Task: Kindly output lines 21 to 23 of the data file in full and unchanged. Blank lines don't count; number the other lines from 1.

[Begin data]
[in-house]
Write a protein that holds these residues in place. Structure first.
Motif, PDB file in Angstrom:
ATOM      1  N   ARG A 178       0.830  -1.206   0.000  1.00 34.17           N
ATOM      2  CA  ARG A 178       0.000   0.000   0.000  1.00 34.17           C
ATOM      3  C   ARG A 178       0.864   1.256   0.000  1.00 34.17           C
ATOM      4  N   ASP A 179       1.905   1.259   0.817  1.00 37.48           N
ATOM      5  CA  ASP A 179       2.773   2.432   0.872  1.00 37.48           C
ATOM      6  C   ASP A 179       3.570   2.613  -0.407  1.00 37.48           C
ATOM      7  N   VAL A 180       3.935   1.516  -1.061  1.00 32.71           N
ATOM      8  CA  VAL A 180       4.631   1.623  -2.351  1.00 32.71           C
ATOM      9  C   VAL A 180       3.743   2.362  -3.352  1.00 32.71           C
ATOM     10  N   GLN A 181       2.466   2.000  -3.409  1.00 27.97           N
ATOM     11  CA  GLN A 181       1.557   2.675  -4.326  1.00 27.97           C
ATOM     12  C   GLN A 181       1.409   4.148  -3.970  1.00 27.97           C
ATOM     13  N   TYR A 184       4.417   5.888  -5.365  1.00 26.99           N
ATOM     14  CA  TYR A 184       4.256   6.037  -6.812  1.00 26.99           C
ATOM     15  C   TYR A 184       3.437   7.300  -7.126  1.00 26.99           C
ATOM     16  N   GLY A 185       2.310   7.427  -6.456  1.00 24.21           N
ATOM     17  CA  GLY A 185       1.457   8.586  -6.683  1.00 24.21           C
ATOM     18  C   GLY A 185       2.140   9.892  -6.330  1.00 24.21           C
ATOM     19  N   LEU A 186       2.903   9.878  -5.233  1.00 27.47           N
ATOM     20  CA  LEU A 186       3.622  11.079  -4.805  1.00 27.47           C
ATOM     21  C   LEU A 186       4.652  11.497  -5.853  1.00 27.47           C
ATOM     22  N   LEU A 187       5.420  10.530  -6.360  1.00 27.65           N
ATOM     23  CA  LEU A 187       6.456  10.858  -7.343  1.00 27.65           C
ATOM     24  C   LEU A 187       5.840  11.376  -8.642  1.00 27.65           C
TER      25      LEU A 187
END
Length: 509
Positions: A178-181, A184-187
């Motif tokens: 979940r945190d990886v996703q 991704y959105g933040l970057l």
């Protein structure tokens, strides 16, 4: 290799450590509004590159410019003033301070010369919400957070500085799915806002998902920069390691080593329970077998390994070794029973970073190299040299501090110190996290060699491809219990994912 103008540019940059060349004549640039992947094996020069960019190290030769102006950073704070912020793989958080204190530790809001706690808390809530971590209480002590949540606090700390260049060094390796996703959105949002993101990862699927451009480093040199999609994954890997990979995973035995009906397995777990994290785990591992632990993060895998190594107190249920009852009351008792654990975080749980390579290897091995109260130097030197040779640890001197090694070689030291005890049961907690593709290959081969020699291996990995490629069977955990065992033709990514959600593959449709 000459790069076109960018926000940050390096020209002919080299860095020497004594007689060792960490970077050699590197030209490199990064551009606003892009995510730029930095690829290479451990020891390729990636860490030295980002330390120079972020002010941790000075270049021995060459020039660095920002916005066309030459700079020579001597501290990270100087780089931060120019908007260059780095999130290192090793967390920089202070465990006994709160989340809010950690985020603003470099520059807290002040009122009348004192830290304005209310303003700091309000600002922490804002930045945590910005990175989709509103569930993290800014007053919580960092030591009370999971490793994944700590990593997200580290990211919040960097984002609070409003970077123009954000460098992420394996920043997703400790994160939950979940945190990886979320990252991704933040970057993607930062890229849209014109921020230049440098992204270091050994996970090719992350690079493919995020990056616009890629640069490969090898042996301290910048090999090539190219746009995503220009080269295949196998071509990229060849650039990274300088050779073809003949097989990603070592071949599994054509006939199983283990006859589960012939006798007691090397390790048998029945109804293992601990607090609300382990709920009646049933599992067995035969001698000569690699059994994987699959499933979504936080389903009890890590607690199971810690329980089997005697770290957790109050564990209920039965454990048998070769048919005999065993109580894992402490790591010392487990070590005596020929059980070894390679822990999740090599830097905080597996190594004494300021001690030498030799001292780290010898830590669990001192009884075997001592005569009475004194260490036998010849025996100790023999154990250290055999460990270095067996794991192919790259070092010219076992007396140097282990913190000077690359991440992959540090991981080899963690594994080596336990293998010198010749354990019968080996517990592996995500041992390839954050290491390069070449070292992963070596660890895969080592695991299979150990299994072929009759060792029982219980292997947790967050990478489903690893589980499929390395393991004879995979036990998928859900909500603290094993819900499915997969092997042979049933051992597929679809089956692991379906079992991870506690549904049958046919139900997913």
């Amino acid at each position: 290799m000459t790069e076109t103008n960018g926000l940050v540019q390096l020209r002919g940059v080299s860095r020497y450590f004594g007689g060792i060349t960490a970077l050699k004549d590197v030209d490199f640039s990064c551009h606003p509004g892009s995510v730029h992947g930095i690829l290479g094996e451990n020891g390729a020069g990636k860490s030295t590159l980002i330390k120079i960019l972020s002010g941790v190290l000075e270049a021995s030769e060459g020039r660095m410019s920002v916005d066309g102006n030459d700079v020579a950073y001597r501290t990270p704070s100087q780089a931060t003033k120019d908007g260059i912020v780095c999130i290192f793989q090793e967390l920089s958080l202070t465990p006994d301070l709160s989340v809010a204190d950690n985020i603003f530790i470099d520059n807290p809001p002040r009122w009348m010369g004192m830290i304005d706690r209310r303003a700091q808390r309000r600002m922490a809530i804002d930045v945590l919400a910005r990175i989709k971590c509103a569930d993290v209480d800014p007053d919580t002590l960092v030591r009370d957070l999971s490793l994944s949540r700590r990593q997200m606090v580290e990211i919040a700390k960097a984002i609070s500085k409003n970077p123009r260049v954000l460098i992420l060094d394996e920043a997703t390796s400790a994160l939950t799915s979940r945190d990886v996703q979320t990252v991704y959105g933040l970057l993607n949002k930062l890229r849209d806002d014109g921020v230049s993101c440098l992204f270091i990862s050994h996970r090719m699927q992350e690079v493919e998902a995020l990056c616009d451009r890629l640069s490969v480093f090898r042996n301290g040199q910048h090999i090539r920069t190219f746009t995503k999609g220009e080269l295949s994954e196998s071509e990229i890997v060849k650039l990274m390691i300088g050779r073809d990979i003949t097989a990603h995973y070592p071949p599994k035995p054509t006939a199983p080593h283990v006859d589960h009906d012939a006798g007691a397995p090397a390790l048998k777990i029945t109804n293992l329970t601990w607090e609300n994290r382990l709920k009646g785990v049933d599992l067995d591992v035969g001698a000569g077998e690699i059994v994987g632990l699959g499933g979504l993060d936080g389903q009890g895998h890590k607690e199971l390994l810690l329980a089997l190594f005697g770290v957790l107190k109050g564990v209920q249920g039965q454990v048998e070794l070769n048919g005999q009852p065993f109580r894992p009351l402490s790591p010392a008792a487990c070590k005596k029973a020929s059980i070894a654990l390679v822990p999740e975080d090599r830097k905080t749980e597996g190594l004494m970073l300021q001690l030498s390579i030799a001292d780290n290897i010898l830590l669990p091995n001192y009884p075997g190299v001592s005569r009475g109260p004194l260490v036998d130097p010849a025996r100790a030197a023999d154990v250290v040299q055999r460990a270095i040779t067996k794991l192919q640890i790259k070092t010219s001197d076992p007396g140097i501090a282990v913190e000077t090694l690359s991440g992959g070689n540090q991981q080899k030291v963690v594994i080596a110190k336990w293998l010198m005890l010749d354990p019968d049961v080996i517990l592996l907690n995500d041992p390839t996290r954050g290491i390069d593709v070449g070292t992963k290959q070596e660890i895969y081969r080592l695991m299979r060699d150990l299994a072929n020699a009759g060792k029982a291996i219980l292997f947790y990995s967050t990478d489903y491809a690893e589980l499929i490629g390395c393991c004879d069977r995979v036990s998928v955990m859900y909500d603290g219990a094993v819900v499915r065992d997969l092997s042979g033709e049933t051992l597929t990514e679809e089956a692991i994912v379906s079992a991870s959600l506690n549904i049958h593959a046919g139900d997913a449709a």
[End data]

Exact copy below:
ATOM     18  C   GLY A 185       2.140   9.892  -6.330  1.00 24.21           C
ATOM     19  N   LEU A 186       2.903   9.878  -5.233  1.00 27.47           N
ATOM     20  CA  LEU A 186       3.622  11.079  -4.805  1.00 27.47           C